fighting spam and scams on the Internet
"419" Scam – Advance Fee / Fake Lottery Scam
The so-called "419" scam is a type of fraud dominated by criminals from Nigeria and other countries in Africa. Victims of the scam are promised a large amount of money, such as a lottery prize, inheritance, money sitting in some bank account, etc.
Victims never receive this non-existent fortune but are tricked into sending their money to the criminals, who remain anonymous. They hide their real identity and location by using fake names and fake postal addresses as well as communicating via anonymous free email accounts and mobile phones.
Keep in mind that scammers DO NOT use their real names when defrauding people.
The criminals either abuse names of real people or companies or invent names or addresses.
Any real people or companies mentioned below have NO CONNECTION to the scammers!
Read more about such scams here or in our 419 FAQ. Use the Scam-O-Matic to verify suspect emails.
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Some comments by the Scam-O-Matic about the following email:
- An email address listed inside this email has been used in a known fraud before.
- This email uses a separate reply address that is different from the sender address. Spammers use this to get replies even when the original spam sending accounts have been shut down. Also, sometimes the sender addresses are legitimate looking but fake and only the reply address is actually an email account controlled by the scammers.
- The following phrases in this message should put you on alert:
- "hundred thousand united states dollars" (they want you to be blinded by the prospect of quick money, but the only money that ever changes hands in 419 scams is from you to the criminals)
- ",500,000" (they want you to be blinded by the prospect of quick money, but the only money that ever changes hands in 419 scams is from you to the criminals)
- "00,000.00" (they want you to be blinded by the prospect of quick money, but the only money that ever changes hands in 419 scams is from you to the criminals)
- "is highly confidential" (scammers urge victims to keep the transaction secret because they don't want anyone to point out to them that it is a scam)
- This email message is a 419 scam. Please see our 419 FAQ for more details on such scams.
- This email lists mobile phone numbers. Use of such numbers is typical for scams because they allow criminals to conceal their true location. They can receive calls in an Internet cafe from where they send you emails, while pretending to be in some office.
- This email lists free webmail addresses. Use of such addresses is typical for scams. Lotteries, banks and any but the smallest of companies do not normally use such addresses. Criminals use them to anonymously send and receive email at Internet cafes.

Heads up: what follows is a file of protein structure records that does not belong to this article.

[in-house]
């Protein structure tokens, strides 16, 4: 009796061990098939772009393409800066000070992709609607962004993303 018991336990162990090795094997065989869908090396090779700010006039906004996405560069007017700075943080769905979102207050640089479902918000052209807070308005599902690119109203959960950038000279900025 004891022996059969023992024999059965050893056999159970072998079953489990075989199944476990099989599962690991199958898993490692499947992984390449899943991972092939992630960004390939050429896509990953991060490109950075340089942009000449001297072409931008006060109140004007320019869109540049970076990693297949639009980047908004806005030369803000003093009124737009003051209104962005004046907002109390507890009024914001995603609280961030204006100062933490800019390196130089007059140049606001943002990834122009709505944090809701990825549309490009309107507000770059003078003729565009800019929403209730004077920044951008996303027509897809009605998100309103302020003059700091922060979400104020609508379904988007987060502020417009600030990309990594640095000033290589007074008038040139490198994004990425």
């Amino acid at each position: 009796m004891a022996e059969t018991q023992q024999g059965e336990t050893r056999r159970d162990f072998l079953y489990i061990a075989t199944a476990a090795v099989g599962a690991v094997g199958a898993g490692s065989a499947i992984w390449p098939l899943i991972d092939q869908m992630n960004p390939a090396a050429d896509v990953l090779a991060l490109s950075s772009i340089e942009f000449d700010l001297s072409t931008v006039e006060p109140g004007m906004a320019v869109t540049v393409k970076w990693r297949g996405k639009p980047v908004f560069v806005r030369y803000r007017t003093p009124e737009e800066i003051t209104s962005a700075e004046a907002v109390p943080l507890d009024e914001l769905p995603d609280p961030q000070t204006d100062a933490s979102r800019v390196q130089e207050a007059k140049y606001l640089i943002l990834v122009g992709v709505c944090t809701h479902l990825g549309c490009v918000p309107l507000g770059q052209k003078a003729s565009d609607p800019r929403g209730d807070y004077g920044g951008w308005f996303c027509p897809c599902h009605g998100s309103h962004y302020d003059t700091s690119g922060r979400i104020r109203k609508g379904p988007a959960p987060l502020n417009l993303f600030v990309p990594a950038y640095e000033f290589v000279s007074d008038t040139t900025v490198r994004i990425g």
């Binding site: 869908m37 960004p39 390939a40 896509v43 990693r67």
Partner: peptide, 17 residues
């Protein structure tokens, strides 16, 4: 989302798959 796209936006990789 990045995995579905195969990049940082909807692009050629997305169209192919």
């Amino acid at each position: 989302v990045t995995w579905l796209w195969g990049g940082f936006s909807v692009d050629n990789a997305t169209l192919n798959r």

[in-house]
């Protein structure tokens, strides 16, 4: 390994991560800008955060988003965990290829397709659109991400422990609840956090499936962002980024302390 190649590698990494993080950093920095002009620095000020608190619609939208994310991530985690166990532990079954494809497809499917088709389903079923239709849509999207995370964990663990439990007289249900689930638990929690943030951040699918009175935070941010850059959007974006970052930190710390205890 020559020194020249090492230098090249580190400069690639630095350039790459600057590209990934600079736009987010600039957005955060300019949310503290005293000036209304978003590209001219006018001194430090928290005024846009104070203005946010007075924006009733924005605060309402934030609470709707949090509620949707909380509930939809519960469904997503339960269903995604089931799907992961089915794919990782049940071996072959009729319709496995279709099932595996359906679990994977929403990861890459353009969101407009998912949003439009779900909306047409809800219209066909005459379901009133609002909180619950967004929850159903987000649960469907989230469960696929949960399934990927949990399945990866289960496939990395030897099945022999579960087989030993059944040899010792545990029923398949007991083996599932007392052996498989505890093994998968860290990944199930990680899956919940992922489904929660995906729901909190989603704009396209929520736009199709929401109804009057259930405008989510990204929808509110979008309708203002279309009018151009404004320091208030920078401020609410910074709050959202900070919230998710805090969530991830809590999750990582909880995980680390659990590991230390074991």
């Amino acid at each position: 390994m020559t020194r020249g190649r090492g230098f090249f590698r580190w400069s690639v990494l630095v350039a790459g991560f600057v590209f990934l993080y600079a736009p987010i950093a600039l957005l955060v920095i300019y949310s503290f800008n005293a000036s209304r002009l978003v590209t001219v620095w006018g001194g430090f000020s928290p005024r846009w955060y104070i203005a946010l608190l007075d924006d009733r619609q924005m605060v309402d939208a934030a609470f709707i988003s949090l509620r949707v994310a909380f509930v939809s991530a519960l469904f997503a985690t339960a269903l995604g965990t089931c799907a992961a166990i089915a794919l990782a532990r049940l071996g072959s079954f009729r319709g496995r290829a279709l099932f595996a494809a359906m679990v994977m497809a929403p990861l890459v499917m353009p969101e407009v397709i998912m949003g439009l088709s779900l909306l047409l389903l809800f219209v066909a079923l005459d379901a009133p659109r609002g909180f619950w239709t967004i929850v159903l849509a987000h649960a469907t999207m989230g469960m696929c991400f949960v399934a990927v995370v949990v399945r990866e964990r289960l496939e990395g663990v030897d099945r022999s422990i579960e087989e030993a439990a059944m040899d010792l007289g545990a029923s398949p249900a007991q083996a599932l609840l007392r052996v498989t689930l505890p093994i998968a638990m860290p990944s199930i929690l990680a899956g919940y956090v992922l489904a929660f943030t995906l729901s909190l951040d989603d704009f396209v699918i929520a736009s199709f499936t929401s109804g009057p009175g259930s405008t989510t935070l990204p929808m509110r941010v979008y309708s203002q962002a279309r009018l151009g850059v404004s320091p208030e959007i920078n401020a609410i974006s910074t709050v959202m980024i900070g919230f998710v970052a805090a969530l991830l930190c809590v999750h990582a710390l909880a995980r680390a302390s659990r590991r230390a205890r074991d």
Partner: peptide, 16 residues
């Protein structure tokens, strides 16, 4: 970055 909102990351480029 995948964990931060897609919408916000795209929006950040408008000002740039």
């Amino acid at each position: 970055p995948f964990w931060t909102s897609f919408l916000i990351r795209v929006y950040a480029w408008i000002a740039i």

- firstname.lastname@example.org (email address has been used in a known fraud before)
Fraud email example:
From: "Engr. Ian G. Udoh" (may be fake)
Date: Sun, 20 Aug 2017 22:06:12 -0700
Subject: Request for Your Kind Assistance
I know this letter will be of a surprise to you. I am Engr. Ian Gregory Udoh, Operational Manager, Nigerian National Petroleum Corporation (NNPC). I contacted you because of a business transaction that shall be of benefit to us.
In 2012, JGC Engineering, Japan was awarded a contract for Turn Around Maintenance worth of US$2.6 billion for the Three refineries in Nigeria (Warri, Port Harcourt and Kaduna) and the contract terms and agreements were reached with the Nigerian National Petroleum Corporation (NNPC) and Nigerian Government and they have completed the contracts and their payment made to them, which they Three refineries have started production.
The contract for Turn-Around Maintenance for the three refineries awarded to the JGC Engineering, Japan had an over-invoice sum of US$86,500,000.00 (Eighty-Six Million, Five Hundred Thousand United States Dollars only), during the Board Of Directors meeting last week, they approved the over-invoice sum and request that I should submit the contractors details for payment, because I told them that the above sum is for Supplies of Pipelines, and the NNPC Board of Directors does not know that the US$86.5 million is an over-invoice. Prior to that, I want to present you to the NNPC Board as the contractor that supplied the pipelines for the Turn Around Maintenance.
Lastly, this transaction is highly confidential and I need your utmost assistance in receiving this fund, because I cannot handle it due to my job ethics. It will be great if you will accept this offer and bear in mind that this transaction is legal and genuine. If you are interested, let me know for further details, but if not let me know as well, so that I can source for another person for this business transaction.
Engr. Ian Gregory Udoh
Nigerian National Petroleum Corporation
Direct Tel: +234-905-993-8954
Private E-mail: email@example.com